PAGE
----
Ключевые слова: диалектология, социолингвистика,
восточнославянские языки.
Информация об авторе: Дель Гаудио Сальваторе – доктор
философии; доцент кафедры теории и практики перевода романских
языков имени Н. Зерова; Институт филологии; Киевский
национальный университет имени Тараса Шевченко.

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1. Preliminary remarks
Since the publication of Trudgill’s article [6] on the
relationship between dialectology and sociolinguistics more than a
decade has elapsed. Yet an attempt at clarifying the correlation
occurring between these two related disciplines has not lost its
topicality in some circles of the western European linguistic tradition
and in East Slavia.
As pointed out by Trudgill, the first question to be posited is to
understand what does and does not constitute sociolinguistics and its
research objectives. He is not particularly inclined to consider as
pure sociolinguists those scholars who investigate language for a
better understanding of social processes, e.g. Bernstein. At the other
end of the scale, he positioned those linguists like Labov for whom
sociolinguistics has ‘secular’ linguistic1 objectives and it is a way of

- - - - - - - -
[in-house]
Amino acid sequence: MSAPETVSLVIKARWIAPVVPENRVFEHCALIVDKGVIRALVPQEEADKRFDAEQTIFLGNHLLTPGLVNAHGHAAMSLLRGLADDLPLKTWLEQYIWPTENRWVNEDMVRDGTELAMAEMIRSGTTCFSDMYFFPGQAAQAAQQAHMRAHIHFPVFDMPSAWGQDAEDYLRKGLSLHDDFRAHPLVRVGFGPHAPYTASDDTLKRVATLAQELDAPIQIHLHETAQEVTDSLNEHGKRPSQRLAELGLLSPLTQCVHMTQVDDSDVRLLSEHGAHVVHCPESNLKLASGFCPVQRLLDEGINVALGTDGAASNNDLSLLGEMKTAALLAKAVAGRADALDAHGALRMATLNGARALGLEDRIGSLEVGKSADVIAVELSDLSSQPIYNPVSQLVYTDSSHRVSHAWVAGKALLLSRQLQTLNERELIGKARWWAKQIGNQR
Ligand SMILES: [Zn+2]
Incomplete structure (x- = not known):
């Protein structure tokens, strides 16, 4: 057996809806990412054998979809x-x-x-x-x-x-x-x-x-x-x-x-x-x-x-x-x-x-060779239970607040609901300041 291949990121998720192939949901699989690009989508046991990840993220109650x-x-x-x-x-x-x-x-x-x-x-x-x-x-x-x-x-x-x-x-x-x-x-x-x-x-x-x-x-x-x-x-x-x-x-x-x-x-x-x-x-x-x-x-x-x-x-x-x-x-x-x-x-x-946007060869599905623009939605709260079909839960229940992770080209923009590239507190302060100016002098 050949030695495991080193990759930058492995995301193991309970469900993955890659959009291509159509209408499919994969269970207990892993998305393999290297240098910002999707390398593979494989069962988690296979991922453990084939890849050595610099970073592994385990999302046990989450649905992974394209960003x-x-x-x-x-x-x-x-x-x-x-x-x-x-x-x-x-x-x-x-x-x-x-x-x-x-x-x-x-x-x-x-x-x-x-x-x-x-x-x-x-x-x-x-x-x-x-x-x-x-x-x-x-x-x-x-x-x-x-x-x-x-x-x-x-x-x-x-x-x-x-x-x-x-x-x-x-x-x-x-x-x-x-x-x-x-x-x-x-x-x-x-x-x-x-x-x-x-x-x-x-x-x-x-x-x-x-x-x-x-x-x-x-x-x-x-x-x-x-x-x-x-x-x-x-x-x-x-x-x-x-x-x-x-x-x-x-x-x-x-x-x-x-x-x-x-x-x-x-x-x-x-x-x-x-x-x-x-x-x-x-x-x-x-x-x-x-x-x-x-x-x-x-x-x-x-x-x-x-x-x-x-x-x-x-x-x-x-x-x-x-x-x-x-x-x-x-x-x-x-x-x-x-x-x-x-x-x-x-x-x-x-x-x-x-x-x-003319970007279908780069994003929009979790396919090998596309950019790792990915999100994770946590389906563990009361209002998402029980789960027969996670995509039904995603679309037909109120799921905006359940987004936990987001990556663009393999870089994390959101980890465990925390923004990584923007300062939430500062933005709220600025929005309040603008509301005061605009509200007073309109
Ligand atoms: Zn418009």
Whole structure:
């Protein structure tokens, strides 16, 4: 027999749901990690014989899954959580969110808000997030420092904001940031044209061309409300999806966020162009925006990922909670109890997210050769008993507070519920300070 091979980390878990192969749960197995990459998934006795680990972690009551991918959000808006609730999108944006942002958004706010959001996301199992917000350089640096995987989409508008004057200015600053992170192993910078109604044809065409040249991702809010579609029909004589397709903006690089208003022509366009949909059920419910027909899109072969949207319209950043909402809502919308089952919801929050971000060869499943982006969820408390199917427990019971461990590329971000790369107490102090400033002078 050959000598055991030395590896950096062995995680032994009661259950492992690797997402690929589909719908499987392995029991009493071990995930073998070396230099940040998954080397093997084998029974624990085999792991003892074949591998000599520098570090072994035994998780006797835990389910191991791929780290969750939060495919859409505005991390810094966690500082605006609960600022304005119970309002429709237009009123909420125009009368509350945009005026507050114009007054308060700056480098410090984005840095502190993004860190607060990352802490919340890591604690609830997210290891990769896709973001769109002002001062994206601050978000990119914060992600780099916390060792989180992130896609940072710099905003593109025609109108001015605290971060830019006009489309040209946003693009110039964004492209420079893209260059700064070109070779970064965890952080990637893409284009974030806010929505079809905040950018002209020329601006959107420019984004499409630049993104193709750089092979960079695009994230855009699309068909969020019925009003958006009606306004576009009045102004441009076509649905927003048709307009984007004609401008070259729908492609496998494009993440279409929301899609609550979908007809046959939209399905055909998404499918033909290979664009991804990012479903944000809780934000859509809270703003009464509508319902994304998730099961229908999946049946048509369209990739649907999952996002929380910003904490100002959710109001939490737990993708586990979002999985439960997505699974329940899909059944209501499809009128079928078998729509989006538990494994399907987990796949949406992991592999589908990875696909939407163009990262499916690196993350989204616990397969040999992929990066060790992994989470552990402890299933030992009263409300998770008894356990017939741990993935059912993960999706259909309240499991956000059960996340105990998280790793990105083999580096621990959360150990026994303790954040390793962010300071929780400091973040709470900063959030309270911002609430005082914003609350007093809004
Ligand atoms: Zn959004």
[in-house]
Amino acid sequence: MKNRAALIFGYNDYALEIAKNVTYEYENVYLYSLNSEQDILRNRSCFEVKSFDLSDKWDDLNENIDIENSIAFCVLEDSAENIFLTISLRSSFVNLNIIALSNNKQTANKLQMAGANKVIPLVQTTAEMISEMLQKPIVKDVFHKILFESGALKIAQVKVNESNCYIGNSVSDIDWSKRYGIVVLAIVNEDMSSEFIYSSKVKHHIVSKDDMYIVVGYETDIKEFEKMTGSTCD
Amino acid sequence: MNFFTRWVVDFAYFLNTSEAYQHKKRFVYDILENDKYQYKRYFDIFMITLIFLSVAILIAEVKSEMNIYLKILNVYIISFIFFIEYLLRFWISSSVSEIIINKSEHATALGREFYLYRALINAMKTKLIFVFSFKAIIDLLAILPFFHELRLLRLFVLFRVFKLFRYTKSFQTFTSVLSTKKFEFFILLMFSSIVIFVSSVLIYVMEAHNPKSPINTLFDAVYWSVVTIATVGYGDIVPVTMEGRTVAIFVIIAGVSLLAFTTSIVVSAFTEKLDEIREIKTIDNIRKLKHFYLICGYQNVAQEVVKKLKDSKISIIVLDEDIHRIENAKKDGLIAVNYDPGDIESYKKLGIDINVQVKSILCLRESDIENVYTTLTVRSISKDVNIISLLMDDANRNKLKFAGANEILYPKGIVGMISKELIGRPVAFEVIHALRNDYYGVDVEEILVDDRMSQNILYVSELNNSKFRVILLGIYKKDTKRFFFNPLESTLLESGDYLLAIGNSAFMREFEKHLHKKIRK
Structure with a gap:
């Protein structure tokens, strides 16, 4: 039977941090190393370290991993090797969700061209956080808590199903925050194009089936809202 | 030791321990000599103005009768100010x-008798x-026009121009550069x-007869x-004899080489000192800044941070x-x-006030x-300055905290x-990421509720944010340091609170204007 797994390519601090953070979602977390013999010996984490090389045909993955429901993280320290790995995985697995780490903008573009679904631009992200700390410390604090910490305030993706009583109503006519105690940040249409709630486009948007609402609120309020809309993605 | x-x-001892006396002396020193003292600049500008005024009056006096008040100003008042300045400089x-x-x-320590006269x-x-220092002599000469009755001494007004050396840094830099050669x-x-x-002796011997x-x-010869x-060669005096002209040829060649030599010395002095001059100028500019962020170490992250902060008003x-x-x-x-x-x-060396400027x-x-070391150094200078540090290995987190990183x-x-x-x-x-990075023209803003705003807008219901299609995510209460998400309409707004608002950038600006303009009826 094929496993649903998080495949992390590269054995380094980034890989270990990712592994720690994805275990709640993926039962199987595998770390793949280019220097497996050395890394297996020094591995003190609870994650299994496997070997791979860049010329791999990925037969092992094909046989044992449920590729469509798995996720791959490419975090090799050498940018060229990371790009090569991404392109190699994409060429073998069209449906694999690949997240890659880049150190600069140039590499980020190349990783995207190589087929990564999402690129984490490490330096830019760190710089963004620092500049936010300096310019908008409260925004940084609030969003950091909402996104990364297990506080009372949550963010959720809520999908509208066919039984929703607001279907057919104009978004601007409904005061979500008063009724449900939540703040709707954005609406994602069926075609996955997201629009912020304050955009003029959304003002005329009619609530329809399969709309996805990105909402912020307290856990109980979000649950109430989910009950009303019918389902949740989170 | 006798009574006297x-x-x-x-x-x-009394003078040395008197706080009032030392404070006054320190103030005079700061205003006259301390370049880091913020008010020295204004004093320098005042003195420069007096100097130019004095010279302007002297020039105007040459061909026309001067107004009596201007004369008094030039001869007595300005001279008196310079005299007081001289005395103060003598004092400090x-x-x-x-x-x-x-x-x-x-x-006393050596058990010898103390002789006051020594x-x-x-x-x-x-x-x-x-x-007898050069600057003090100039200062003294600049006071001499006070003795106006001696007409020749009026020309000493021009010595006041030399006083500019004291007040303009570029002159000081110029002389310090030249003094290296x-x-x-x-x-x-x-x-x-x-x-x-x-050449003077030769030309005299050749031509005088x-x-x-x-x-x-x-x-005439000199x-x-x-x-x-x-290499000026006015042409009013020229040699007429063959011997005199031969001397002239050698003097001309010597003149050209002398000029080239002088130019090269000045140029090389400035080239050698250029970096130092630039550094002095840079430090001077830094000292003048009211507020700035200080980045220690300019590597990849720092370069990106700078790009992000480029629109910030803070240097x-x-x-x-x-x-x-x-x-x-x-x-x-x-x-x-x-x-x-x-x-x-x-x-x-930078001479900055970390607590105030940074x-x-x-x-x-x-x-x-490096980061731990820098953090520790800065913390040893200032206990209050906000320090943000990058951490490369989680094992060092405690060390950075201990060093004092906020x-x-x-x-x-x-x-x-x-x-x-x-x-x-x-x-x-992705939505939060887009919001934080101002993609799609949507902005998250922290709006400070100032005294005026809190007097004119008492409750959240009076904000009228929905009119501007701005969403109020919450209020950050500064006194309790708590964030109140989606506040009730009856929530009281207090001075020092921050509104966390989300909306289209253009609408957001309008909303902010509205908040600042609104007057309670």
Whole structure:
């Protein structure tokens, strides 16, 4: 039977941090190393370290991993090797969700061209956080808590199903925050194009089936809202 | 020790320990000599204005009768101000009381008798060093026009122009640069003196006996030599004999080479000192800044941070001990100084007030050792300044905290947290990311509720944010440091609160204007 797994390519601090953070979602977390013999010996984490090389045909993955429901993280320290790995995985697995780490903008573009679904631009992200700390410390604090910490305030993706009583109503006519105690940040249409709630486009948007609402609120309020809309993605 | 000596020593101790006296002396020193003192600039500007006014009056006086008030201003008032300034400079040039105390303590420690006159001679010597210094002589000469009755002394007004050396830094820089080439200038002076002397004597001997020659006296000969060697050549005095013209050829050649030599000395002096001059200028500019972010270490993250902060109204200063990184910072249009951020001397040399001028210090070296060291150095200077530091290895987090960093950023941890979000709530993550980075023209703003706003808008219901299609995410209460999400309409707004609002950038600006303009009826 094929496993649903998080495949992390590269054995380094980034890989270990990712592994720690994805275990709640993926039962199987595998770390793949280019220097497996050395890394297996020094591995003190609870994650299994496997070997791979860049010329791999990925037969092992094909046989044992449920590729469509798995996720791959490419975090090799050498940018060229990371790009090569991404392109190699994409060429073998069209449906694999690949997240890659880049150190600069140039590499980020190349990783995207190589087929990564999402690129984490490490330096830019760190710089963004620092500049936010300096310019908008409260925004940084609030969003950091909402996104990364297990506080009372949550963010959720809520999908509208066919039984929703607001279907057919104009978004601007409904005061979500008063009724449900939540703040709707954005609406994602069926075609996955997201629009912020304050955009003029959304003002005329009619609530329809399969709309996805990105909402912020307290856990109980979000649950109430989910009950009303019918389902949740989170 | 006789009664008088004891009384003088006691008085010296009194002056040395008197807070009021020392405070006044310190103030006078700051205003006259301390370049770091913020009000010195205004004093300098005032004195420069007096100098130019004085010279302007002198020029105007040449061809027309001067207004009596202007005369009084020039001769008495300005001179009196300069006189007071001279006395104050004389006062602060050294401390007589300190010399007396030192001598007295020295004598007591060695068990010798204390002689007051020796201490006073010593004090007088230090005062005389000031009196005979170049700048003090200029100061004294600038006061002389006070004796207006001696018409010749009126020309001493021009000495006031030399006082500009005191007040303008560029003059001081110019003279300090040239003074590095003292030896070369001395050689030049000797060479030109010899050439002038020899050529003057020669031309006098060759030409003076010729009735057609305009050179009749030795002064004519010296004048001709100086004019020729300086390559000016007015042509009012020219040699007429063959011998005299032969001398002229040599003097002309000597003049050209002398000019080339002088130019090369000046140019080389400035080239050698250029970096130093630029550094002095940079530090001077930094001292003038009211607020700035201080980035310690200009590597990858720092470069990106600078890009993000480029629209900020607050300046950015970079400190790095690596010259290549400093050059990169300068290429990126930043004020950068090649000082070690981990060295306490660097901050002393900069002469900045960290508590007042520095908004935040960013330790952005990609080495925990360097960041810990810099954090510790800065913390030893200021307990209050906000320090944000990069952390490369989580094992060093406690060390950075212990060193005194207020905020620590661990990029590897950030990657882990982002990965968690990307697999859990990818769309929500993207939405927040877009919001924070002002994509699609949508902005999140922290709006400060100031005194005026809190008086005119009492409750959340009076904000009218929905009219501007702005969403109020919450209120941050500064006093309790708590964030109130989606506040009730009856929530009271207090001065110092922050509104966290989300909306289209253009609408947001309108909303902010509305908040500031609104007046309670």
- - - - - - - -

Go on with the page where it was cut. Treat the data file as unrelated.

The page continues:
doing linguistics, thus supplying additional elements for a better
understanding of a theory of language. In this framework one can try
to fit dialectology. The latter shares with ‘secular’ linguistics at least
the fact that its objectives are primarily linguistic. At the same time
dialectology also studies language in its social context and tries to
examine the nature of linguistic changes. In this sense, Trudgill
regards it as part of sociolinguistics. In another way, the fact that
dialectology is a much older discipline, with its research approaches,
traditions and literature makes it independent from sociolinguistics
[6, p. 2-3].
The primacy of dialectology over sociolinguistics was claimed
in the first three quarters of the 20th century by the majority of
dialectologists, historical linguists and philologists in most western
European linguistic traditions2.
                                                            
1
Labov called sociolinguistics secular linguistics, "in reaction to the
contention among many linguists working in a broadly Chomsky an
framework that language can be dissociated from its social functions".
Cf. http://grammar.about.com/od/rs/g/sociolinguisticsterm.htm
(07.03.2016) [30].
2
The history of what some linguists refer to as “dialect geography”
or “traditional dialectology” saw a period of expansion until the mid of the
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Актуальні проблеми української лінгвістики: теорія і практика 

The new discipline dealing with "social dialects" was


subordinated to its older counterpart which boasted a long research
tradition going back to the middle of the 19th century or earlier. As
one of the initiators of this new research field Labov, in common
with many other early sociolinguists of the 1960s, made large use of
dialectological findings in his works [4].
On the other hand, sociolinguists, thanks to the rapid increase
of their discipline, especially from the 1980s onwards, began to